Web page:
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Native American Parts of a Solve
09-09-2020, 01:52 AM,
Native American Parts of a Solve
One of my layers in a solve is related to Native Americans.

The Nez Perce tribe saved Lewis and Clark, and were peaceful.

When their lands were being stolen, and the military wanted to force them to a reservation, the Nez Perce tribe tried to flee the American military and wound up crossing Yellowstone National Park in their escape. There are several Nez Perce locations in Yellowstone that may tie in to other layers of a solve.

There are two Nez Perce picnic areas -- one near the Firehole River, and one next to the Yellowstone River on the other side of the park.

There is the Nez Perce Trail, which starts near the Nez Perce picnic area near the Firehole, and crosses Yellowstone by way of Mary Mountain and the Mary Mountain Trail, which exits near Mt. Washburn (the Nez Perce apparently diverged somewhat from this modern-day trail). Fenn was always fond of telling us to "marry" a solve to a map in different ways.

The Nez Perce picnic area on the Yellowstone is next to the Nez Perce Ford of the Yellowstone, where the tribe crossed the Yellowstone. This could be a red man's ford in Fenn terminology, or a red ford, or a Redford, who starred in the Great Gatsby, and wrote a book, The Outlaw Trail: A Journey Through Time. That might be a hint that a trail is not necessarily a physical trail, but could be a journey through time. If so, Kepler and supernovas could come into play (as noted in other posts I have made), as well as Chief Joseph and the Nez Perce and Lewis and Clark.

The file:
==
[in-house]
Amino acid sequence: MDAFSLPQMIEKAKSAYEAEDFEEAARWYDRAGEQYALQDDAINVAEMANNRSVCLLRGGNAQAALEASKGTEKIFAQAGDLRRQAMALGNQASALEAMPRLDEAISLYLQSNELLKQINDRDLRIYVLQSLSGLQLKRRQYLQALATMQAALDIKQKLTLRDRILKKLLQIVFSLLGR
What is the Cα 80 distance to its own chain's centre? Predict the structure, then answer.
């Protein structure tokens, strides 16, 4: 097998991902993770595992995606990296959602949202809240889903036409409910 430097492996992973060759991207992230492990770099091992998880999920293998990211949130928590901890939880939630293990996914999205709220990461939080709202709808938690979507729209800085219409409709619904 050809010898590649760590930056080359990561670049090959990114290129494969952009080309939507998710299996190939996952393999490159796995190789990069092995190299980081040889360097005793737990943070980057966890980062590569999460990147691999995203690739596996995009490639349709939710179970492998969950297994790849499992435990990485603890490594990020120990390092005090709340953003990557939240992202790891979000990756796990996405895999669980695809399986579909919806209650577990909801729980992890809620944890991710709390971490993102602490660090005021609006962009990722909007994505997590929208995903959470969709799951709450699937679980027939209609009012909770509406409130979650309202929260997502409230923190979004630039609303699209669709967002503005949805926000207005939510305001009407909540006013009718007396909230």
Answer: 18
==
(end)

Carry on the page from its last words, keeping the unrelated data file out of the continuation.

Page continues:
Chief Joseph was the leader of the Nez Perce band that traveled through Yellowstone. His Nez Perce name translated to " "Thunder Rolling Down the Mountain" or "Thunder traveling to higher areas". This may be supported by TTOTC Thor references.

When he surrendered (outside of Yellowstone) he has been credited with saying

"Hear me, my chiefs! I am tired; my heart is sick and sad. From where the sun now stands, I will fight no more forever."

This matches pretty well with the poem line "I've done it tired and now I'm weak"

Also, "Hear me all and listen good" may apply to Chief Joseph's speech. First, simply the "hear me" part. Second, the forced rhyme of "good" with "wood" meant that "wood" was the critical word, and "good" was used as a forced match (instead of using "well").

"If you are brave and in the wood" also applies. Chief Joseph was clearly brave in leading his tribe against the military on a 1,700 (1,170?) mile pursuit. He was also "brave" in being a Native American. Most interesting, however, is that many scholars have disputed he made this speech, and believe that the translator at the surrender (who was sympathetic to the Nez Perce) made it up. The translator was Lieutenant Charles Erskine Scott Wood -- C.E.S.(-- marking on the chest!) Wood. If Lt. Wood made up the speech, then the thoughts were "in the wood". Smile

Here is a link to Lt. Wood's history and why the Nez Perce were betrayed and pursued:

In any event, the "I will fight no more forever" part of the speech seems to jibe with Forrest's philosophy about war.

Finally, in one of the last Scrapbooks, Fenn called himself a red-faced speaker. This probably was a hint to Chief Joseph's famous speech.

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